The Clean Air Act of 1970 was essentially the first major environmental safety and regulatory law in the United States. The law was enforced by the newly created Environmental Protection Agency also created the same year. The Environmental Protection Agency (EPA) was the brainchild of increasing public concern in the 1950s and 1960s regarding the human impact on the environment. Specific incidents such as the 1969 Santa Barbara Oil Spill, the destruction of environmental preserves through the creation of the Federal Highway Interstate System and Rachel Carson’s whistleblowing ecological novel, Silent Spring brought the need for a regulatory agency to oversee environmental issues. For years congress could not come to a discernable solution that would appease both political parties. It was Senator Henry M. Jackson of Washington State that broke the stalemate when he wrote Bill 1075 which evolved into the National Environmental Policy Act of 1969. This was the first of many laws regarding clean air, water and wilderness protection. It was Richard Nixon in 1970 that created the EPA under the guise of having one agency that oversaw and enforced all environmental issues.
As the role of the EPA grew in the 1980s and 1990s many new conservational concerns entered public conscience. One such pollutant was found to be diesel engines. In 1994 the major diesel manufacturers including Caterpillar, Cummins, Detroit Diesel and Mack among others collaborated to discover new ways to reduce emissions in diesel engine technology know as the ‘Tier Program’. First analyzed by the California Air Research Board in collaboration with a government study found that diesel engine emissions were a major contributor to poor air quality in the United States. It was discovered that Carbon Monoxide, Nitrogen Oxide, Hydrocarbons and other particulate matter were being produced at an alarming rate by older less efficient remanufactured diesel engines. Many remanufactured diesel engines were not in compliance with the Clean Air Act. The Tier Program, first implemented in 1996, is based on gradual reductions in emissions created upon a ‘tiered approach’ over a period of 20 years. The plan is designed upon 4 tiers (1-4) according to the size and original use of the engine. The original restrictions mostly applied to over-the-road diesel vehicles but expanded in 2006 to include stationary diesel engines in machinery and generators.
The infograph below describes how the Tier Program works over the period of years starting in 1994. Beginning in 1994 to 2006 Tier 1 engine conversions solely focused on on-road and off-road diesel vehicles. Tier 2 and 3 emission reductions began in 2006 started to phase out older technology in standby remanufactured diesel engines. Prior to 2007 remanufactured diesel engines and generators were regulated by state and local laws most revolving around the number of hours an engine ran per year. Regulations were typically only imposed on prime or continuous use engines vs. small infrequent stand-by engine usage applications. Manufacturers were then forced to come up with emission reductions in all diesel engines produced that are at least Tier 2 and Tier 3 compliant beginning at the start of 2007. Previous emission regulations for diesel generator sets were handled by individual state and local authorities. Most of these regulations were based on the number of hours the diesel generator was operated in during a year. Less stringent regulations were imposed on standby diesel generators, whose usage is infrequent and typically for short periods of time, with the restrictions increasing for generators that operated more regularly as a prime power source or in times of peak energy demand.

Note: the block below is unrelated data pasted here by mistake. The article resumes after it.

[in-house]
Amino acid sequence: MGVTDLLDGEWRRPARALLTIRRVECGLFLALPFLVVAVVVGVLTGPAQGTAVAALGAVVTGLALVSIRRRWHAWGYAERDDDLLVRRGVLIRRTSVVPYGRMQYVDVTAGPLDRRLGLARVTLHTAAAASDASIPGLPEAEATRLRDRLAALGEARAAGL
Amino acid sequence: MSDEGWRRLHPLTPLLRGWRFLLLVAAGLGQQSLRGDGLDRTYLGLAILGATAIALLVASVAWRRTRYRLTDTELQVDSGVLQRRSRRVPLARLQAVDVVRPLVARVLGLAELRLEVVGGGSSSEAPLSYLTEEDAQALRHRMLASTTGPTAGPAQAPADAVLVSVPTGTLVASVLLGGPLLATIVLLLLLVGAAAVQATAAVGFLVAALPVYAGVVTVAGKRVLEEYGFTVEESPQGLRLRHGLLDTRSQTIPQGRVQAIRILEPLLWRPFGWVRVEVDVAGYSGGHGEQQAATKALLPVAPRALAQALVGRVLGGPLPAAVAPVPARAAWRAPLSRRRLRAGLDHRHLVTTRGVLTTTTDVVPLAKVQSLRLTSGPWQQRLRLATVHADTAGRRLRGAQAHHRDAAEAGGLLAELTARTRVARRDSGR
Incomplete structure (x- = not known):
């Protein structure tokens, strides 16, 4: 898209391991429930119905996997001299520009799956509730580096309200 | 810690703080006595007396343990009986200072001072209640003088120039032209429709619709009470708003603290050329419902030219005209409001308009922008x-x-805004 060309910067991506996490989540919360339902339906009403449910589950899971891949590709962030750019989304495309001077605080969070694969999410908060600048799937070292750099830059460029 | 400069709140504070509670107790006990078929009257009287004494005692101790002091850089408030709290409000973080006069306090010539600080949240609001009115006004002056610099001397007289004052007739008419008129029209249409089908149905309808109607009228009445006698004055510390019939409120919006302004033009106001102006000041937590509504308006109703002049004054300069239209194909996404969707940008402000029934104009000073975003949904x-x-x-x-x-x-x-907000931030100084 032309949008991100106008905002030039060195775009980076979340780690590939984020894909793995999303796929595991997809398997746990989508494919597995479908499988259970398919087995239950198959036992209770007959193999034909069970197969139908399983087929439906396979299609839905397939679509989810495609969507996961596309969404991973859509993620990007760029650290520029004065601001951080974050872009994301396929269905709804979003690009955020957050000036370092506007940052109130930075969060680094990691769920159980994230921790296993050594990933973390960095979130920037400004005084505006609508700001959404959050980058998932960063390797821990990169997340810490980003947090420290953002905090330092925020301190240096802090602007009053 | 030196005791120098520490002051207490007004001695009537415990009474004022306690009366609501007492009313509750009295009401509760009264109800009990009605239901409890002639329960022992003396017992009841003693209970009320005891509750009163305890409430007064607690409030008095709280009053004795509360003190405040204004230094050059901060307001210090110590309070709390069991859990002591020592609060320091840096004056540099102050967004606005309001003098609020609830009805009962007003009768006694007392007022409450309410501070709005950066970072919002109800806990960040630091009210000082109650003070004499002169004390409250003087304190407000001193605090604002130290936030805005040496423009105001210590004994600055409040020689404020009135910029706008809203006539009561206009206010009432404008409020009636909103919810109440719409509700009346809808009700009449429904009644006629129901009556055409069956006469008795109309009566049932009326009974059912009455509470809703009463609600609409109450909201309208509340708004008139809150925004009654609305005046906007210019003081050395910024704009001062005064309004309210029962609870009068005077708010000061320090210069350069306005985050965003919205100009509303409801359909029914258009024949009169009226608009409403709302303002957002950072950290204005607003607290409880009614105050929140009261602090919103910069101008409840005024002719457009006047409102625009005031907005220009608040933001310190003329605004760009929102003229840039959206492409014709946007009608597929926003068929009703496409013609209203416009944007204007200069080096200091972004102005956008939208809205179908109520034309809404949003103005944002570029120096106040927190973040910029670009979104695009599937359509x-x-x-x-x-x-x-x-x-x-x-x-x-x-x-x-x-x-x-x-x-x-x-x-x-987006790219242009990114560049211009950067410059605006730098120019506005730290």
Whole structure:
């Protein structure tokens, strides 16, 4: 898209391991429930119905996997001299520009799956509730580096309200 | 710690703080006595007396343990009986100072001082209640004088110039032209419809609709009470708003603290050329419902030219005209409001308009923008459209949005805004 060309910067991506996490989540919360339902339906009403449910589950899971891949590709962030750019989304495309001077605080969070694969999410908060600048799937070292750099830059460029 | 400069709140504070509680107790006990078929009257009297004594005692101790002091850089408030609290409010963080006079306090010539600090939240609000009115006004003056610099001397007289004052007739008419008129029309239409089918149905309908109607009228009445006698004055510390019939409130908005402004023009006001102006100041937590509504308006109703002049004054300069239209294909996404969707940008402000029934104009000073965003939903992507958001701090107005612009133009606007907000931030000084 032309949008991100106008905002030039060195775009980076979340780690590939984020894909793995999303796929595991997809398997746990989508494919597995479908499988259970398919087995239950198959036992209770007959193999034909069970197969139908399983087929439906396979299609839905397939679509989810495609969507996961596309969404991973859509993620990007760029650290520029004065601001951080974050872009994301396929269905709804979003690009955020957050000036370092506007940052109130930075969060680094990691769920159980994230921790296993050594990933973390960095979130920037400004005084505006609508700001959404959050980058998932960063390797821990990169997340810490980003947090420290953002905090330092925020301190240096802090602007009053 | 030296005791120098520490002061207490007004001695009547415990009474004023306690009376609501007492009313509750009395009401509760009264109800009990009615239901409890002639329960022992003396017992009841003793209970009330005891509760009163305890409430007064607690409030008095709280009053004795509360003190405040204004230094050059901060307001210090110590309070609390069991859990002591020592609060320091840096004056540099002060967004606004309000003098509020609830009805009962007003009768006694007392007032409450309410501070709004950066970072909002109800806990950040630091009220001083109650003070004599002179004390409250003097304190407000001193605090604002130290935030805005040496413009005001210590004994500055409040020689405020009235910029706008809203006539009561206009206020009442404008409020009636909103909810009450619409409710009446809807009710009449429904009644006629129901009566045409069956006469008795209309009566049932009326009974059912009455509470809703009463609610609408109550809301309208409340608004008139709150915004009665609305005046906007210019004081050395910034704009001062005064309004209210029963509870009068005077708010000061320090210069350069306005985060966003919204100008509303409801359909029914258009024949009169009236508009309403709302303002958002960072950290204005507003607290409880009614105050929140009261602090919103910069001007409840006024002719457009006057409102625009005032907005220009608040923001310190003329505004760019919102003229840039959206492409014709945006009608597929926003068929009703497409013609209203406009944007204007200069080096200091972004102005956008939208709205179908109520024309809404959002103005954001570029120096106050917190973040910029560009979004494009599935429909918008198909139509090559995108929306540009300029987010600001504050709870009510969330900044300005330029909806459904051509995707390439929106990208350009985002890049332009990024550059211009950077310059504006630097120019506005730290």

Tier 2 and Tier 3 standards were met through in an improvement in technology in remanufactured diesel engines. Changes in diesel fuel refinement as well as how the engine is designed improved emission regulations tremendously. These improvement were first met with hesitation by diesel manufacturers but ultimately was not much of a major issue from a sales or production perspective as originally thought. Guidelines were met by reducing the amount of sulfur content in diesel fuel, installing electronic engine control units (ECUs) into the engines to regulate fuel efficiency via the injectors as well other internal modifications. The final phase (Tier 4), which is still underway, is less evasive for manufacturers and primarily focuses on after-exhaust filters and treatments that may be used to further reduce and breakdown harmful particulates. Older remanufactured diesel engines already in operation were not subjected to the Tier Program Regulations and are essentially “grandfathered in”. The good news is that many older remanufactured diesel engines can be updated with newer technology to make them more fuel efficient and less of a pollutant.